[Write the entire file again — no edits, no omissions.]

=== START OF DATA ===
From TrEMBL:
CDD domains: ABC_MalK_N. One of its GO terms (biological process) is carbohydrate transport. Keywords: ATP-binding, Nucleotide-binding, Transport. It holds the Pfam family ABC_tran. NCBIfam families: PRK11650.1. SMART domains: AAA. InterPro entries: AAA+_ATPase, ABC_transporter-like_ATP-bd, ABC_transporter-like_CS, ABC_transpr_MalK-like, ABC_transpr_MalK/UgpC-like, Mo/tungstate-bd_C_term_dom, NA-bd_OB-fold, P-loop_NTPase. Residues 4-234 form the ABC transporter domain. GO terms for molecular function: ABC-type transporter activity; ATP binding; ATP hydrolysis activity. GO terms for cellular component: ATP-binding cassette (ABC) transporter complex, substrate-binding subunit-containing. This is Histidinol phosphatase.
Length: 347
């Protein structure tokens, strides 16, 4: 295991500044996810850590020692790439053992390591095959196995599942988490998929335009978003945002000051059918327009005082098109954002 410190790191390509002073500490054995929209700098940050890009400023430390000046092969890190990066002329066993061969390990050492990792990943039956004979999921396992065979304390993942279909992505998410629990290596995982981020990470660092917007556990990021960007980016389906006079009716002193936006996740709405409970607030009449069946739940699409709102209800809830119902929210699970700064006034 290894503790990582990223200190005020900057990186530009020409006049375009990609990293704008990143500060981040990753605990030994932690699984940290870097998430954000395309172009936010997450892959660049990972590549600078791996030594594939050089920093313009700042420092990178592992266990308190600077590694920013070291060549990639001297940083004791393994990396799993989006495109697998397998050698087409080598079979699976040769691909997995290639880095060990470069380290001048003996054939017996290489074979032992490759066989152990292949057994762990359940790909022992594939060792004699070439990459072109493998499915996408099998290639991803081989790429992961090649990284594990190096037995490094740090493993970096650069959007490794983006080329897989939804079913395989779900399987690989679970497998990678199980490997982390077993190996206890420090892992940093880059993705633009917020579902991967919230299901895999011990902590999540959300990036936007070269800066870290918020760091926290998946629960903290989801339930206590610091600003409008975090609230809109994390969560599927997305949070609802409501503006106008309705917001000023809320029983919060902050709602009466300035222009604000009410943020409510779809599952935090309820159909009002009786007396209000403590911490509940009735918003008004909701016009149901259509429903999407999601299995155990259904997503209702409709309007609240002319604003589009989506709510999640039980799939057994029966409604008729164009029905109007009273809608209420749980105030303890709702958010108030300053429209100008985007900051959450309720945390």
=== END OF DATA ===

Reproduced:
From TrEMBL:
CDD domains: ABC_MalK_N. One of its GO terms (biological process) is carbohydrate transport. Keywords: ATP-binding, Nucleotide-binding, Transport. It holds the Pfam family ABC_tran. NCBIfam families: PRK11650.1. SMART domains: AAA. InterPro entries: AAA+_ATPase, ABC_transporter-like_ATP-bd, ABC_transporter-like_CS, ABC_transpr_MalK-like, ABC_transpr_MalK/UgpC-like, Mo/tungstate-bd_C_term_dom, NA-bd_OB-fold, P-loop_NTPase. Residues 4-234 form the ABC transporter domain. GO terms for molecular function: ABC-type transporter activity; ATP binding; ATP hydrolysis activity. GO terms for cellular component: ATP-binding cassette (ABC) transporter complex, substrate-binding subunit-containing. This is Histidinol phosphatase.
Length: 347
């Protein structure tokens, strides 16, 4: 295991500044996810850590020692790439053992390591095959196995599942988490998929335009978003945002000051059918327009005082098109954002 410190790191390509002073500490054995929209700098940050890009400023430390000046092969890190990066002329066993061969390990050492990792990943039956004979999921396992065979304390993942279909992505998410629990290596995982981020990470660092917007556990990021960007980016389906006079009716002193936006996740709405409970607030009449069946739940699409709102209800809830119902929210699970700064006034 290894503790990582990223200190005020900057990186530009020409006049375009990609990293704008990143500060981040990753605990030994932690699984940290870097998430954000395309172009936010997450892959660049990972590549600078791996030594594939050089920093313009700042420092990178592992266990308190600077590694920013070291060549990639001297940083004791393994990396799993989006495109697998397998050698087409080598079979699976040769691909997995290639880095060990470069380290001048003996054939017996290489074979032992490759066989152990292949057994762990359940790909022992594939060792004699070439990459072109493998499915996408099998290639991803081989790429992961090649990284594990190096037995490094740090493993970096650069959007490794983006080329897989939804079913395989779900399987690989679970497998990678199980490997982390077993190996206890420090892992940093880059993705633009917020579902991967919230299901895999011990902590999540959300990036936007070269800066870290918020760091926290998946629960903290989801339930206590610091600003409008975090609230809109994390969560599927997305949070609802409501503006106008309705917001000023809320029983919060902050709602009466300035222009604000009410943020409510779809599952935090309820159909009002009786007396209000403590911490509940009735918003008004909701016009149901259509429903999407999601299995155990259904997503209702409709309007609240002319604003589009989506709510999640039980799939057994029966409604008729164009029905109007009273809608209420749980105030303890709702958010108030300053429209100008985007900051959450309720945390």